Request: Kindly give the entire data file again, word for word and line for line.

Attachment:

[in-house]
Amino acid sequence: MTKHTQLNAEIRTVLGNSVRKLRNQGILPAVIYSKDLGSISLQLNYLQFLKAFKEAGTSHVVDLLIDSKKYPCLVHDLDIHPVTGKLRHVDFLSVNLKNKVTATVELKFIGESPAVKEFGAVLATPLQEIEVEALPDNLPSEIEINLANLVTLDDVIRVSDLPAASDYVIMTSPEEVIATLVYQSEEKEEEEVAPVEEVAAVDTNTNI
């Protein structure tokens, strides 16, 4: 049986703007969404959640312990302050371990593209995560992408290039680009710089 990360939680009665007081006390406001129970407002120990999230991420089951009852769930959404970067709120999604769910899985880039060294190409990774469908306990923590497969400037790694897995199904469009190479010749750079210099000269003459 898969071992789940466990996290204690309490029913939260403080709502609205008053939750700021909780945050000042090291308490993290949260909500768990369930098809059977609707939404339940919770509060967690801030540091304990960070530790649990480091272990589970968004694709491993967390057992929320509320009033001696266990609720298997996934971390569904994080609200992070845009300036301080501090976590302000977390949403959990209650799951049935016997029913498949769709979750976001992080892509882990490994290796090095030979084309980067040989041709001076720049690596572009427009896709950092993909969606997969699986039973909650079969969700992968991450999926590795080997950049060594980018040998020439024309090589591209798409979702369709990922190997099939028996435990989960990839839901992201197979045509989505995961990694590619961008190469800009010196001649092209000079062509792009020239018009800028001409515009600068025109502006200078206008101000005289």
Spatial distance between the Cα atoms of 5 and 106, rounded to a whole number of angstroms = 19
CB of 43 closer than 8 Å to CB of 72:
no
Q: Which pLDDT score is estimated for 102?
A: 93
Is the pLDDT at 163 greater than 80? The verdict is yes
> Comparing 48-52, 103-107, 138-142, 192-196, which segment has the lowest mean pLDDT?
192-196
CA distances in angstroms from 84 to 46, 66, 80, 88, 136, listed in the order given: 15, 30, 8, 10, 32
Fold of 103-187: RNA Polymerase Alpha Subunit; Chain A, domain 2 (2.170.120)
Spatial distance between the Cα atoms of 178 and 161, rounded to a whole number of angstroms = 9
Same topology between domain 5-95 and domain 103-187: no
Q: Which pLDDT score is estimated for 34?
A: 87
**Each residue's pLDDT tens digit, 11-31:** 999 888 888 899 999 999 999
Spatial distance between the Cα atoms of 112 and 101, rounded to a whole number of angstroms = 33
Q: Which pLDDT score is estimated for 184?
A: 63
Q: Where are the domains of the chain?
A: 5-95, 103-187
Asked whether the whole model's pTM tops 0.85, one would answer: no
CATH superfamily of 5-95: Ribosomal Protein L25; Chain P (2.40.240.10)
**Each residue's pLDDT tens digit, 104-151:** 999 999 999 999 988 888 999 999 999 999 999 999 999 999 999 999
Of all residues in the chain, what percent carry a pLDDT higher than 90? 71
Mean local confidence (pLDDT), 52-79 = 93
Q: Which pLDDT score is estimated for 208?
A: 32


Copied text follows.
[in-house]
Amino acid sequence: MTKHTQLNAEIRTVLGNSVRKLRNQGILPAVIYSKDLGSISLQLNYLQFLKAFKEAGTSHVVDLLIDSKKYPCLVHDLDIHPVTGKLRHVDFLSVNLKNKVTATVELKFIGESPAVKEFGAVLATPLQEIEVEALPDNLPSEIEINLANLVTLDDVIRVSDLPAASDYVIMTSPEEVIATLVYQSEEKEEEEVAPVEEVAAVDTNTNI
């Protein structure tokens, strides 16, 4: 049986703007969404959640312990302050371990593209995560992408290039680009710089 990360939680009665007081006390406001129970407002120990999230991420089951009852769930959404970067709120999604769910899985880039060294190409990774469908306990923590497969400037790694897995199904469009190479010749750079210099000269003459 898969071992789940466990996290204690309490029913939260403080709502609205008053939750700021909780945050000042090291308490993290949260909500768990369930098809059977609707939404339940919770509060967690801030540091304990960070530790649990480091272990589970968004694709491993967390057992929320509320009033001696266990609720298997996934971390569904994080609200992070845009300036301080501090976590302000977390949403959990209650799951049935016997029913498949769709979750976001992080892509882990490994290796090095030979084309980067040989041709001076720049690596572009427009896709950092993909969606997969699986039973909650079969969700992968991450999926590795080997950049060594980018040998020439024309090589591209798409979702369709990922190997099939028996435990989960990839839901992201197979045509989505995961990694590619961008190469800009010196001649092209000079062509792009020239018009800028001409515009600068025109502006200078206008101000005289």
Spatial distance between the Cα atoms of 5 and 106, rounded to a whole number of angstroms = 19
CB of 43 closer than 8 Å to CB of 72:
no
Q: Which pLDDT score is estimated for 102?
A: 93
Is the pLDDT at 163 greater than 80? The verdict is yes
> Comparing 48-52, 103-107, 138-142, 192-196, which segment has the lowest mean pLDDT?
192-196
CA distances in angstroms from 84 to 46, 66, 80, 88, 136, listed in the order given: 15, 30, 8, 10, 32
Fold of 103-187: RNA Polymerase Alpha Subunit; Chain A, domain 2 (2.170.120)
Spatial distance between the Cα atoms of 178 and 161, rounded to a whole number of angstroms = 9
Same topology between domain 5-95 and domain 103-187: no
Q: Which pLDDT score is estimated for 34?
A: 87
**Each residue's pLDDT tens digit, 11-31:** 999 888 888 899 999 999 999
Spatial distance between the Cα atoms of 112 and 101, rounded to a whole number of angstroms = 33
Q: Which pLDDT score is estimated for 184?
A: 63
Q: Where are the domains of the chain?
A: 5-95, 103-187
Asked whether the whole model's pTM tops 0.85, one would answer: no
CATH superfamily of 5-95: Ribosomal Protein L25; Chain P (2.40.240.10)
**Each residue's pLDDT tens digit, 104-151:** 999 999 999 999 988 888 999 999 999 999 999 999 999 999 999 999
Of all residues in the chain, what percent carry a pLDDT higher than 90? 71
Mean local confidence (pLDDT), 52-79 = 93
Q: Which pLDDT score is estimated for 208?
A: 32